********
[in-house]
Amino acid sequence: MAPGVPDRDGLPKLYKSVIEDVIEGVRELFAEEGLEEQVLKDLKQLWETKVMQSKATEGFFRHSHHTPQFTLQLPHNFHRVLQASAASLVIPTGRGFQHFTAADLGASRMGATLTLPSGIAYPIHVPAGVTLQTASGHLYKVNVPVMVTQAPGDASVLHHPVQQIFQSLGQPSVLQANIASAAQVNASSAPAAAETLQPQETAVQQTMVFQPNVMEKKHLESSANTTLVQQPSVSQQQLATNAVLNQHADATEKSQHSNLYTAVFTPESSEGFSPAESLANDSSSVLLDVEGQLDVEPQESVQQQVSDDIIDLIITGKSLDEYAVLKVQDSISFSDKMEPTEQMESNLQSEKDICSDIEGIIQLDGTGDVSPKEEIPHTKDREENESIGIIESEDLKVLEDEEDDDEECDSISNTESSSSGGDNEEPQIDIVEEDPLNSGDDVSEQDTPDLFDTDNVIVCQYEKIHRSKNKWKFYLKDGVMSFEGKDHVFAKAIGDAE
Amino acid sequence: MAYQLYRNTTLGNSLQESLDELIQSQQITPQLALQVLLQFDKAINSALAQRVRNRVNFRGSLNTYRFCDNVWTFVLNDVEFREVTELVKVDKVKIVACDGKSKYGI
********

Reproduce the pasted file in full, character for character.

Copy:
[in-house]
Amino acid sequence: MAPGVPDRDGLPKLYKSVIEDVIEGVRELFAEEGLEEQVLKDLKQLWETKVMQSKATEGFFRHSHHTPQFTLQLPHNFHRVLQASAASLVIPTGRGFQHFTAADLGASRMGATLTLPSGIAYPIHVPAGVTLQTASGHLYKVNVPVMVTQAPGDASVLHHPVQQIFQSLGQPSVLQANIASAAQVNASSAPAAAETLQPQETAVQQTMVFQPNVMEKKHLESSANTTLVQQPSVSQQQLATNAVLNQHADATEKSQHSNLYTAVFTPESSEGFSPAESLANDSSSVLLDVEGQLDVEPQESVQQQVSDDIIDLIITGKSLDEYAVLKVQDSISFSDKMEPTEQMESNLQSEKDICSDIEGIIQLDGTGDVSPKEEIPHTKDREENESIGIIESEDLKVLEDEEDDDEECDSISNTESSSSGGDNEEPQIDIVEEDPLNSGDDVSEQDTPDLFDTDNVIVCQYEKIHRSKNKWKFYLKDGVMSFEGKDHVFAKAIGDAE
Amino acid sequence: MAYQLYRNTTLGNSLQESLDELIQSQQITPQLALQVLLQFDKAINSALAQRVRNRVNFRGSLNTYRFCDNVWTFVLNDVEFREVTELVKVDKVKIVACDGKSKYGI